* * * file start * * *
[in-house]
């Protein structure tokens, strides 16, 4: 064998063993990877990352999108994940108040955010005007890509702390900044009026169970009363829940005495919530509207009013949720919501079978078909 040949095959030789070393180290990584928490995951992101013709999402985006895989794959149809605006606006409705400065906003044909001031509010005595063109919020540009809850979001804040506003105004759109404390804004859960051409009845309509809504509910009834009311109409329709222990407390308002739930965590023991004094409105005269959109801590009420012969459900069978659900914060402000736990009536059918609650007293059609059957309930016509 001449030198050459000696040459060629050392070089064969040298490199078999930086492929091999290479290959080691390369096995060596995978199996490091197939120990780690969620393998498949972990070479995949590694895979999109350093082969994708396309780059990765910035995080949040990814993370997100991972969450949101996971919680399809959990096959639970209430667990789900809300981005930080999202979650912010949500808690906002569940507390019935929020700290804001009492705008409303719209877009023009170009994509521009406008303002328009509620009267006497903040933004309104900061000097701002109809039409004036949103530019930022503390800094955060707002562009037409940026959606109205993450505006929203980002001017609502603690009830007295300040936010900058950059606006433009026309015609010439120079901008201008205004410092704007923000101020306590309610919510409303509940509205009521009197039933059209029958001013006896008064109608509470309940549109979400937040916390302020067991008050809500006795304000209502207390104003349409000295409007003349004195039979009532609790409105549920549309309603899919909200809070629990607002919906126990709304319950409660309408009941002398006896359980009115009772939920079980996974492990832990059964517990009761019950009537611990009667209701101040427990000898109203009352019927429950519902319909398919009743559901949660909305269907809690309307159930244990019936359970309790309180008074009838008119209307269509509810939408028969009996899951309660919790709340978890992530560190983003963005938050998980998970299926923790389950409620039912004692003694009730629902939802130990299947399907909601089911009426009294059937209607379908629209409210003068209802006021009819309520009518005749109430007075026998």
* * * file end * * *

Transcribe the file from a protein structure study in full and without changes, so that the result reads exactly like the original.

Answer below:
[in-house]
């Protein structure tokens, strides 16, 4: 064998063993990877990352999108994940108040955010005007890509702390900044009026169970009363829940005495919530509207009013949720919501079978078909 040949095959030789070393180290990584928490995951992101013709999402985006895989794959149809605006606006409705400065906003044909001031509010005595063109919020540009809850979001804040506003105004759109404390804004859960051409009845309509809504509910009834009311109409329709222990407390308002739930965590023991004094409105005269959109801590009420012969459900069978659900914060402000736990009536059918609650007293059609059957309930016509 001449030198050459000696040459060629050392070089064969040298490199078999930086492929091999290479290959080691390369096995060596995978199996490091197939120990780690969620393998498949972990070479995949590694895979999109350093082969994708396309780059990765910035995080949040990814993370997100991972969450949101996971919680399809959990096959639970209430667990789900809300981005930080999202979650912010949500808690906002569940507390019935929020700290804001009492705008409303719209877009023009170009994509521009406008303002328009509620009267006497903040933004309104900061000097701002109809039409004036949103530019930022503390800094955060707002562009037409940026959606109205993450505006929203980002001017609502603690009830007295300040936010900058950059606006433009026309015609010439120079901008201008205004410092704007923000101020306590309610919510409303509940509205009521009197039933059209029958001013006896008064109608509470309940549109979400937040916390302020067991008050809500006795304000209502207390104003349409000295409007003349004195039979009532609790409105549920549309309603899919909200809070629990607002919906126990709304319950409660309408009941002398006896359980009115009772939920079980996974492990832990059964517990009761019950009537611990009667209701101040427990000898109203009352019927429950519902319909398919009743559901949660909305269907809690309307159930244990019936359970309790309180008074009838008119209307269509509810939408028969009996899951309660919790709340978890992530560190983003963005938050998980998970299926923790389950409620039912004692003694009730629902939802130990299947399907909601089911009426009294059937209607379908629209409210003068209802006021009819309520009518005749109430007075026998």